<p>Experimental tools on the frontier of music and the visual arts.</p>
There has long existed a symbiotic relationship between music and the visual arts. The two disciplines have influenced and informed one another for centuries, but in recent years technology has been blurring the lines between them as artists from both sides push the boundaries of their respective mediums closer towards the area of overlap. Visual artists and composers alike are striving to create compositions based on and generated by human interaction, constructing ever-evolving musical scores and visualizations that are influenced by their environment. Below is a list of projects that we’ve compiled in just the past week, and although it provides only a brief snapshot of the innovative activity going on at this intersection, it hints at the immense creativity happening in this space.
Radius Music by Dave Young
Dave Young, aka Henderson, combines cartography and graphically generated musical scores in his Radius Music piece. The Radius Music machine is placed in the center of a room and rotates, scanning the distance between itself and the nearest surface—be it a wall, a person, or a solid object. These distance values then become the “notes” in an automatically generated musical score, with each distance value being assigned a corresponding sonic frequency. A visualization of this score is projected on the floor, changing in real-time as the machine continually scans its surroundings to map its environment. As people move about the room, they alter the composition being created, making Radius Music a collaborative music instrument.
SoundyThingie by Hansi Raber
SoundyThingie is an iPad application built using openFrameworks that generates music based off of simple drawings and gesture. Each line drawn on the interface is translated into a sound, with multiple lines (and curves, and patterns!) forming a musical composition. The lines can be moved to alter their pitch, connected to one another, and the app comes with built in controllers that allow the user to alter the speed of the loops. The free-form nature of the app—which essentially presents you with a blank slate on which to draw your audio/visual creation on—is extremely exciting. We’re curious to see what more complex drawing would sound like, and how this app might be incorporated into a live performance.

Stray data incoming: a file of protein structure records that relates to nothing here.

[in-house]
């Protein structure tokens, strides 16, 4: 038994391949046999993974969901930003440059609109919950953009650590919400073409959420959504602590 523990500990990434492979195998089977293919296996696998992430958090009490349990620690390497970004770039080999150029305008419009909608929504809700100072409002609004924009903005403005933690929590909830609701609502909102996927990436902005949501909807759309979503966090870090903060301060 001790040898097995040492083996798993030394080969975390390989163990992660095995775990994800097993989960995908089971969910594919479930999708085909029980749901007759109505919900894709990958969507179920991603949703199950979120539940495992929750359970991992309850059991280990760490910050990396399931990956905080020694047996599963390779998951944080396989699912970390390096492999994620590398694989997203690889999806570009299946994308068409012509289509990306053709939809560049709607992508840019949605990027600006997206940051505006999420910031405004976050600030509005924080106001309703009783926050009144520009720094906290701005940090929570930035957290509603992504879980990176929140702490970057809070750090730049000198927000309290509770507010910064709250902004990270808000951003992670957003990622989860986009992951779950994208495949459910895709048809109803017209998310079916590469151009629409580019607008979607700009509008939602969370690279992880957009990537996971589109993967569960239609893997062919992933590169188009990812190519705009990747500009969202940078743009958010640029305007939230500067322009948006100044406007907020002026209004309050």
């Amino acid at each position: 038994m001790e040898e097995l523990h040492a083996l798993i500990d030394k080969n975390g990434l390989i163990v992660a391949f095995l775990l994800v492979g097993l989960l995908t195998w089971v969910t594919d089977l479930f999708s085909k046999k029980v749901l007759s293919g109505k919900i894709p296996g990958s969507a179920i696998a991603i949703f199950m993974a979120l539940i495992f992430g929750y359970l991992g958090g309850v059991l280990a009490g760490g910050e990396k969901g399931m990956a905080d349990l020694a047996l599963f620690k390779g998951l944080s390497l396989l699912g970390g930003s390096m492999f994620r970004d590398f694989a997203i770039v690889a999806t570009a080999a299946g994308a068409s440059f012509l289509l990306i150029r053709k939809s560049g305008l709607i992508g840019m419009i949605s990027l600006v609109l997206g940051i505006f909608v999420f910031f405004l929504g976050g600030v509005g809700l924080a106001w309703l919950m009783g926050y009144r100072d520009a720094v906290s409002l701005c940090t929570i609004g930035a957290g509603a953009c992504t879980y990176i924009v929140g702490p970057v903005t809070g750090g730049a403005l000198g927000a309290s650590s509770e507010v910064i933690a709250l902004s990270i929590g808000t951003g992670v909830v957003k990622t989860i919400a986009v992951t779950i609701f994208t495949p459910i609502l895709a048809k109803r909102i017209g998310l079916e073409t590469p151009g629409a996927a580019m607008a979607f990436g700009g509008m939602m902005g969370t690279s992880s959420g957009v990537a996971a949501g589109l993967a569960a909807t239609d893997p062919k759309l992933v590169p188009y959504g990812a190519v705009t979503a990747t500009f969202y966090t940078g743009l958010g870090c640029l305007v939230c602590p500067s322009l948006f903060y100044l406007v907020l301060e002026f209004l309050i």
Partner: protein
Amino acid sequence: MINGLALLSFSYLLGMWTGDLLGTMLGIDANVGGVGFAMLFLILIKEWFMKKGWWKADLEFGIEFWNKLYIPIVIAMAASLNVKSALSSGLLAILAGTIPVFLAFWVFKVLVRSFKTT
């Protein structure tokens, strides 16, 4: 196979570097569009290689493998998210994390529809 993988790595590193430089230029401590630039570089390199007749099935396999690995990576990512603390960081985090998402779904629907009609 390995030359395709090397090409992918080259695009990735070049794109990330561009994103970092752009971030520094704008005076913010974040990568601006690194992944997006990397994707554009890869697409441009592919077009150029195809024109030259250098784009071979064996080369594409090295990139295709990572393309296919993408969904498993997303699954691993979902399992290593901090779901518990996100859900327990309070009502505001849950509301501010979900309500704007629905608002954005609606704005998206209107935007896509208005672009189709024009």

The Heart Chamber Orchestra is an interactive audiovisual performance comprised of 12 classical musicians and the artist duo TERMINALBEACH, a collaboration between PURE and Erich Berger. The musicians are hooked up to electrocardiogram sensors that measure and track their heartbeats. This information is then used to generate a musical score in real-time, which the musicians read and perform off of laptops placed before them, and a data visualization the is projected behind them. Throughout the performance, the musicians’ fluctuating heartbeats inform the composition, and the composition in turn influences the speed of their hearts, creating a continuous feedback loop that becomes a kind of living organism in its own right.